Background Image
Previous Page  19 / 60 Next Page
Show Menu
Previous Page 19 / 60 Next Page
Page Background


Volume 17, Number 1 2015


bicultural clients (Cheng, Battle, Murdoch, & Martin,

2001) and professional development for practising SLPs

in relation to assessment and management of bilingual

and CALD individuals (e.g., Kritikos, 2003).

Advocate for the resources needed to provide appropriate

and equitable services to this population, for example,

additional time; more interpreters and adequate access

to their services; bilingual SLPs from various cultural

backgrounds who could act as consultants to the SLP

clinical community (e.g., see Hersh, Armstrong, Panak,

et al., 2014; Jodache et al., 2014a).

Finally, it is evident that there is a pressing need for more

research relating to speech pathology management of

clients with aphasia who are bilingual or from a CALD

background. As Rose and colleagues (2014, p. 10)

noted in relation to CALD clients with aphasia, “such a

large discrepancy between case-load imperatives and

clinician preparedness/capacity needs urgent attention”.


This article outlined some of the key contextual issues and

challenges for SLPs working in an Australian context with

individuals who are bilingual or from a CALD background.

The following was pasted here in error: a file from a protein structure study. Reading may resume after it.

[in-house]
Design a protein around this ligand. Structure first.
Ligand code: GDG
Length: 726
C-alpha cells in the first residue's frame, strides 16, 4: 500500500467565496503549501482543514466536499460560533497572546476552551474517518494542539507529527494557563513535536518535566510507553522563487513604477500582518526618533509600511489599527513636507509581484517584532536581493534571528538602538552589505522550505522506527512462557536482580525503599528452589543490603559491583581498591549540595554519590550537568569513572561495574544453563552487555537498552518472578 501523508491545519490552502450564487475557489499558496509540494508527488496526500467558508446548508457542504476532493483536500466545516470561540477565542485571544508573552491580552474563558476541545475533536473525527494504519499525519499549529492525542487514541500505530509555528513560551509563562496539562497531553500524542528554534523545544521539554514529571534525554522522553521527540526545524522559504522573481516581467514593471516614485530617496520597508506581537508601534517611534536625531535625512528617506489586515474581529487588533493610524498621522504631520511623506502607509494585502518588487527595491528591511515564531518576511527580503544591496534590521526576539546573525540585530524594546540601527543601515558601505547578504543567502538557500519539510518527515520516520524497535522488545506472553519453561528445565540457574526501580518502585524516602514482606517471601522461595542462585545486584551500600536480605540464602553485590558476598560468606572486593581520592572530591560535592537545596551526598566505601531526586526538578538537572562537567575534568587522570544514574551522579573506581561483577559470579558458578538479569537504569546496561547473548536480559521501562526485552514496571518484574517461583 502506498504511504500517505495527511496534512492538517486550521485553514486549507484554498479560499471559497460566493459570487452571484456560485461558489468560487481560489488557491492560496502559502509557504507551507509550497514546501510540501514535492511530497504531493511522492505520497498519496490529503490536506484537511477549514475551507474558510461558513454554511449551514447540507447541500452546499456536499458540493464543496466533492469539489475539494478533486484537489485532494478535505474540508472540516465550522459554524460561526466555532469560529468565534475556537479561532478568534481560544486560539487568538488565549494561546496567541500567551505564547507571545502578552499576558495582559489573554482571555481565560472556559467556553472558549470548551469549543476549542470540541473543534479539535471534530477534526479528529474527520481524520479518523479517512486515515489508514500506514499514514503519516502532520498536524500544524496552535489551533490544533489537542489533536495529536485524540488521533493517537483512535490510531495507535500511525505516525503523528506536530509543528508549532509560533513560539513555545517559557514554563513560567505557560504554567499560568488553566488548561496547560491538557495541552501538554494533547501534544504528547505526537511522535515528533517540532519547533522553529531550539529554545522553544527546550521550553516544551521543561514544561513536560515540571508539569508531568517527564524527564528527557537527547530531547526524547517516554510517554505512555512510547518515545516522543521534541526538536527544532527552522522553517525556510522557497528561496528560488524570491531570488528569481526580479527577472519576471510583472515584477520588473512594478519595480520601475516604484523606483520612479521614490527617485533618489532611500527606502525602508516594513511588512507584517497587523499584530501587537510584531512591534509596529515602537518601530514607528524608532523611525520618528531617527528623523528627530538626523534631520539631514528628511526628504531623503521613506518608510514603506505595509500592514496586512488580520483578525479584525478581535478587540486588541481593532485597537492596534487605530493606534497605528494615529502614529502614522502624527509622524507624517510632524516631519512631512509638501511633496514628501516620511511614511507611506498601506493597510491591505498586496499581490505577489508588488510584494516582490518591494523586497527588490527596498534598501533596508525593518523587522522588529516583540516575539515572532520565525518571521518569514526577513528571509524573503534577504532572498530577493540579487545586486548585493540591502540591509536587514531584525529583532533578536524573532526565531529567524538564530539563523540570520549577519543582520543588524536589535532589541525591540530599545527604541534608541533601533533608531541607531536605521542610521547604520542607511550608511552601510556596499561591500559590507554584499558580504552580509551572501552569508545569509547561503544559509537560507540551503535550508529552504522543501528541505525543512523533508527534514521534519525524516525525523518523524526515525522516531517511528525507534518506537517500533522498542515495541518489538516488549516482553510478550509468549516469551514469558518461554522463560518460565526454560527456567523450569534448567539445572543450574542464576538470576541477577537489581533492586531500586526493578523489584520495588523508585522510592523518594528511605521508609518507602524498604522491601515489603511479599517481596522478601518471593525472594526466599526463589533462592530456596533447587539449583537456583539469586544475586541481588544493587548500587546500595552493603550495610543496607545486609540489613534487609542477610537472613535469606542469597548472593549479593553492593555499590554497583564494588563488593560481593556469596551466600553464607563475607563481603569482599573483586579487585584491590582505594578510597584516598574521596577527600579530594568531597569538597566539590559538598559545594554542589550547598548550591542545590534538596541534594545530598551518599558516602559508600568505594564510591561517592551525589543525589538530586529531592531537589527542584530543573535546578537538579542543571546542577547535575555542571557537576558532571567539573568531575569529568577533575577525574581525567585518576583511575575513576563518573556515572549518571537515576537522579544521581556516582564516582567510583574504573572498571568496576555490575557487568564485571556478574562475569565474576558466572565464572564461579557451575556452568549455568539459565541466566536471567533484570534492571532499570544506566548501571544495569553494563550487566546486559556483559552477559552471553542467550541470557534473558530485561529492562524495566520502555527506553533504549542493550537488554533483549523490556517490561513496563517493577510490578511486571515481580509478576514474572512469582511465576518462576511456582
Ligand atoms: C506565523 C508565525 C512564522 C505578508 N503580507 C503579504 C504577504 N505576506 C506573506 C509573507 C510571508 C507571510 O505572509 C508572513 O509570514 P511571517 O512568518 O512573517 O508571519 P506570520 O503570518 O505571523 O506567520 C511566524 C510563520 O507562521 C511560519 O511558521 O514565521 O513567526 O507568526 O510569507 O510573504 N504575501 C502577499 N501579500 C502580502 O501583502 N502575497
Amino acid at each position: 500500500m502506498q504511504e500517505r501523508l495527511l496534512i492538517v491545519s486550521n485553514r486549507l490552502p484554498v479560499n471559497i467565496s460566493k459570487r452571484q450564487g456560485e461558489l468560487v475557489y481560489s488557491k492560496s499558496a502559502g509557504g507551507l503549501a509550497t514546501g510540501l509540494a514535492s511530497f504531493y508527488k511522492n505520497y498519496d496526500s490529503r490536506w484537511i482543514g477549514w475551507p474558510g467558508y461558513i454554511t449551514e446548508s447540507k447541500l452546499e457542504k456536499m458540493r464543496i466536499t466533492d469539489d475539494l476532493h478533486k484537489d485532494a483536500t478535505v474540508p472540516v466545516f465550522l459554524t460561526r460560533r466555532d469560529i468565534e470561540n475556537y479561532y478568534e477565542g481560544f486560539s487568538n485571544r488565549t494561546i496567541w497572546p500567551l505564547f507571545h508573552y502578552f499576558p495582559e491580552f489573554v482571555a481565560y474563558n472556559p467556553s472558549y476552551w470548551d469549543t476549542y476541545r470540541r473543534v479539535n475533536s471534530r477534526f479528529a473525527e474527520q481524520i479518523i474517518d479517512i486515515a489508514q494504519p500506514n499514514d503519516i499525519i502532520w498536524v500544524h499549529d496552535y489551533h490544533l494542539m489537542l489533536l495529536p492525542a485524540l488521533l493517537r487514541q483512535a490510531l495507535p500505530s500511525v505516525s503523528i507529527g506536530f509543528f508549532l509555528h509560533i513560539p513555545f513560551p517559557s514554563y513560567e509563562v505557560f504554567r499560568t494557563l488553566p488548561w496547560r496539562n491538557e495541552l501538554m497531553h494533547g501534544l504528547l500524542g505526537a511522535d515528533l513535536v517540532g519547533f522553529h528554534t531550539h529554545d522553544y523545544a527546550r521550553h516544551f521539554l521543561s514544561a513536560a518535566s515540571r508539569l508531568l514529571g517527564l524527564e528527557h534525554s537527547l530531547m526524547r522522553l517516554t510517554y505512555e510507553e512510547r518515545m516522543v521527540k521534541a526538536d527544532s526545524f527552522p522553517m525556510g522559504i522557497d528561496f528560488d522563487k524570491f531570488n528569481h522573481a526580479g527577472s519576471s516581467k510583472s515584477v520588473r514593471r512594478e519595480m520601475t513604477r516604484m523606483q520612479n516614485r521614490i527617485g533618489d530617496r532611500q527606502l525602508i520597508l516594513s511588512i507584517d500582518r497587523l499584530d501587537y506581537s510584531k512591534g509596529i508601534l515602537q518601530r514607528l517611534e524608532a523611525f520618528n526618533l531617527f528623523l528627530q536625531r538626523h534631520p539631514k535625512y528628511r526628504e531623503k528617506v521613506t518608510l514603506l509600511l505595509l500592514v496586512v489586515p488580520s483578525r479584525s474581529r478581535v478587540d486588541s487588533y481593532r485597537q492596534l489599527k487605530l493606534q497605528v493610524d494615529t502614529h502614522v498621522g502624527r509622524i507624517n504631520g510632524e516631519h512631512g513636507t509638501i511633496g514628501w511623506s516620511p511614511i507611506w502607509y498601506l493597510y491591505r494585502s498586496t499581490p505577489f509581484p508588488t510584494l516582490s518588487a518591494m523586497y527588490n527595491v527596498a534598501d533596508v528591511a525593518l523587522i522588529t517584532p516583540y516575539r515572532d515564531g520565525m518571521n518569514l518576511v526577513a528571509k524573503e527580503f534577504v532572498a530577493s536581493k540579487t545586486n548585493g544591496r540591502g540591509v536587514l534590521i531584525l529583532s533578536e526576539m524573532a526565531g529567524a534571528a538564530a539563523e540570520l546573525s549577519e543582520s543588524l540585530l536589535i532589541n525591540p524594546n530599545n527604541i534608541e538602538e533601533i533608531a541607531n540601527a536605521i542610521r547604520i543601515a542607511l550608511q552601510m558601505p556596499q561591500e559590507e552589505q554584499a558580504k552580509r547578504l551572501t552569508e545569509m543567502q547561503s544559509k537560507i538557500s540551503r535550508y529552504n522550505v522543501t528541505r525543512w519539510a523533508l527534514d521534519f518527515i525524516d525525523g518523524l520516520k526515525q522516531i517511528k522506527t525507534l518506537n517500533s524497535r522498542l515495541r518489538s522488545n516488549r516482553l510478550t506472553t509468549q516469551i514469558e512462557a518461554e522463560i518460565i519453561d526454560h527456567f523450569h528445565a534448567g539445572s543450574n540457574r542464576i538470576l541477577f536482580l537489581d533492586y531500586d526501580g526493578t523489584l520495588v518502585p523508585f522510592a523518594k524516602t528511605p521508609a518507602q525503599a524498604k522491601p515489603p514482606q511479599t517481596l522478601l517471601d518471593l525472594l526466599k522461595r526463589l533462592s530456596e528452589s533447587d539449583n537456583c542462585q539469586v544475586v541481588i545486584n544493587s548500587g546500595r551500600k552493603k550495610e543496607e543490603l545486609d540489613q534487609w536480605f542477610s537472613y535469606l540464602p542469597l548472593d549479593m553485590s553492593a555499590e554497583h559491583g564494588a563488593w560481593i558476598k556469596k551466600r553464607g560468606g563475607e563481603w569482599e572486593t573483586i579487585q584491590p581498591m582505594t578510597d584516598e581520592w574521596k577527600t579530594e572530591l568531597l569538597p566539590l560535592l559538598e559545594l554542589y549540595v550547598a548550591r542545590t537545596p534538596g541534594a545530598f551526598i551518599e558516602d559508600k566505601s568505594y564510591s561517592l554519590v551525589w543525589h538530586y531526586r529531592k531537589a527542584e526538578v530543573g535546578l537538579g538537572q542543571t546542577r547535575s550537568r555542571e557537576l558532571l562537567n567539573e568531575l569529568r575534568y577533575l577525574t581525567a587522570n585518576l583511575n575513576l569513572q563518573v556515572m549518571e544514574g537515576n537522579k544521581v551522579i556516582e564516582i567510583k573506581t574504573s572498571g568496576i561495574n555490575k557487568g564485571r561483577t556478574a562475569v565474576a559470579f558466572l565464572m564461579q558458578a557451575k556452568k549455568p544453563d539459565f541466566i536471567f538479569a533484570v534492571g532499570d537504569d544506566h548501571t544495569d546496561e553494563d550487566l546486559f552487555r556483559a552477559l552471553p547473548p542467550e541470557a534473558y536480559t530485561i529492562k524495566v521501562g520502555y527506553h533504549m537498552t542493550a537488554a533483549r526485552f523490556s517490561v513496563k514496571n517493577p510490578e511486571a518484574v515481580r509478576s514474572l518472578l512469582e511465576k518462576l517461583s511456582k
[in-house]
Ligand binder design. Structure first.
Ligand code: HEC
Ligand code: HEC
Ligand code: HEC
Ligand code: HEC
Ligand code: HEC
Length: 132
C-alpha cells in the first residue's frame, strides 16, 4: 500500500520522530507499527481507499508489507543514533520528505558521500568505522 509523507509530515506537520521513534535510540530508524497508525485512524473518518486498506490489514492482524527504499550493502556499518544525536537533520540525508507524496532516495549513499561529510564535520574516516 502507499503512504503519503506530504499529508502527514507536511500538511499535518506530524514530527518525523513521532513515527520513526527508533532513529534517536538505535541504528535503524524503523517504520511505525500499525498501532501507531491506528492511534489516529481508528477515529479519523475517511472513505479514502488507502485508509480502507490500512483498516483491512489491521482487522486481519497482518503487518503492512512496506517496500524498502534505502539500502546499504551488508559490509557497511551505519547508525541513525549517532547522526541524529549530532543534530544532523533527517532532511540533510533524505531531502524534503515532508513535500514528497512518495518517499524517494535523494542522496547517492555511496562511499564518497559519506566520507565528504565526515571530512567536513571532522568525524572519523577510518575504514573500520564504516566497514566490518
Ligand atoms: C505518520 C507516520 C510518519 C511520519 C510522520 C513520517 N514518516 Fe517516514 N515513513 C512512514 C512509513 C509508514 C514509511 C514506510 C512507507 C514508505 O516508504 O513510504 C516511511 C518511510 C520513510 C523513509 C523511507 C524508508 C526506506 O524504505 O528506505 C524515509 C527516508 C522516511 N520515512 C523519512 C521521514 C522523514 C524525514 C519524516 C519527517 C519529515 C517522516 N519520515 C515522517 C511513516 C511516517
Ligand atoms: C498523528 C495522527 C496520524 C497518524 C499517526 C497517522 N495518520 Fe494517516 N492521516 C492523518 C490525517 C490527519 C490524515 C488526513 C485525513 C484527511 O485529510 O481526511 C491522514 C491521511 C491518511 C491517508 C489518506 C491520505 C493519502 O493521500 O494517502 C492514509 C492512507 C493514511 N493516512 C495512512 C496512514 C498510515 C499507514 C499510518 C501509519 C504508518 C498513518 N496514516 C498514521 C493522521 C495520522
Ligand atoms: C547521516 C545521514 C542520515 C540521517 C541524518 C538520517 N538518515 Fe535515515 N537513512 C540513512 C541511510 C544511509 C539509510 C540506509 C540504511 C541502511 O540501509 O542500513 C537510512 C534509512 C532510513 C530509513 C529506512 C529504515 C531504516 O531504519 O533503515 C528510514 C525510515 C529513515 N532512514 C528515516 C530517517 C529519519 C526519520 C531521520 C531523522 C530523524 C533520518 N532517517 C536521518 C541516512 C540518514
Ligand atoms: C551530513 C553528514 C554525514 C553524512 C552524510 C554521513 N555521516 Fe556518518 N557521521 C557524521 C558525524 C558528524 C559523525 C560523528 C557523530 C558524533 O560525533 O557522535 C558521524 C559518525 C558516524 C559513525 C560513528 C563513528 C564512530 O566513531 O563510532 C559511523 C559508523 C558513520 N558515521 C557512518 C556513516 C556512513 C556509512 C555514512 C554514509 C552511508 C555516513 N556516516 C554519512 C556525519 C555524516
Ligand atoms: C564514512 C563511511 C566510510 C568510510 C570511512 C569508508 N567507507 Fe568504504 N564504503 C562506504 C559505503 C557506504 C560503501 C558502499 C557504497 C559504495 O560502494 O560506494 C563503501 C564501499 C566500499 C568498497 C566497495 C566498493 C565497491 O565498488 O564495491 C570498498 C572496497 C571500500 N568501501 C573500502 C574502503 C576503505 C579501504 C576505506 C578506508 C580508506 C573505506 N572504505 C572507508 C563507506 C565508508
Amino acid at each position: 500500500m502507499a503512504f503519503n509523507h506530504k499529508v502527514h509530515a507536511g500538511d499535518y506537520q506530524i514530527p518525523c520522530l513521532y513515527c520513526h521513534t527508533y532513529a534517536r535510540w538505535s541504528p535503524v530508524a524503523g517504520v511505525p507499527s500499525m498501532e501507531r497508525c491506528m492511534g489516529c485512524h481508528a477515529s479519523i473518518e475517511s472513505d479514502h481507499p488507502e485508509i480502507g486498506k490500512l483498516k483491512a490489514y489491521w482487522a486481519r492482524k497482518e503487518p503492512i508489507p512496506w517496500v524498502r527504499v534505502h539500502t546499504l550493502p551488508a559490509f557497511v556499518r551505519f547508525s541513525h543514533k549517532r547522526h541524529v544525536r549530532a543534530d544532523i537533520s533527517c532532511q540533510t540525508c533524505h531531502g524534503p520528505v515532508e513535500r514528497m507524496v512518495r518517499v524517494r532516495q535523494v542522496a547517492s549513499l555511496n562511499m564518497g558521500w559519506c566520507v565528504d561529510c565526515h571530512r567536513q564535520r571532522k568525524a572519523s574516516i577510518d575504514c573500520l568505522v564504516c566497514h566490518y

The unique linguistic environment in Australia and lack of

research in relation to management of aphasia in bilingual/

CALD individuals was discussed, along with some key

areas for consideration in delivering a speech pathology

service to this population. Areas for further research have

also been highlighted. Finally, recommendations for clinical

practice with individuals with aphasia who are bilingual or

from a CALD background have been provided to assist

SLPs currently working with this population.


Abutalebi, J., & Green, D. W. (2007). Bilingual language

production: The neurocognition of language representation

and control.

Journal of Neurolinguistics



, 242–275.


Ansaldo, A. I., Marcotte, K., Scherer, L., & Raboyeau, G.

(2008). Language therapy and bilingual aphasia: Clinical

implications of psycholinguistic and neuroimaging research.

Journal of Neurolinguistics



(6), 539–557. doi:10.1016/j.


Ansaldo, A. I., & Saidi, L. G. (2010). Model-driven

intervention in bilingual aphasia: Evidence from a case of

pathological language mixing.




(2), 309–324.


Armstrong, E., Hersh, D., Hayward, C., Fraser, J., &

Brown, M. (2012). Living with aphasia: Three Indigenous

Australian stories.

International Journal of Speech-

Language Pathology



(3), 271–280. doi:10.3109/175495


Australian Bureau of Statistics (ABS). (2009). Cultural

and linguistic diversity.

Perspectives on education and

training: Social inclusion, 2009

. Retrieved 27 Oct. 2014





Australian Bureau of Statistics (ABS). (2010).


Aboriginal and Torres Strait Islander social survey, 2008


Retrieved 10 Oct. 2014 from




Australian Bureau of Statistics (ABS). (2011a). Cultural

diversity in Australia.

Reflecting a nation: Stories from

Clinical recommendations

As the preceding review indicates, delivering speech

pathology services to individuals with aphasia who are

bilingual or from CALD backgrounds is currently, and will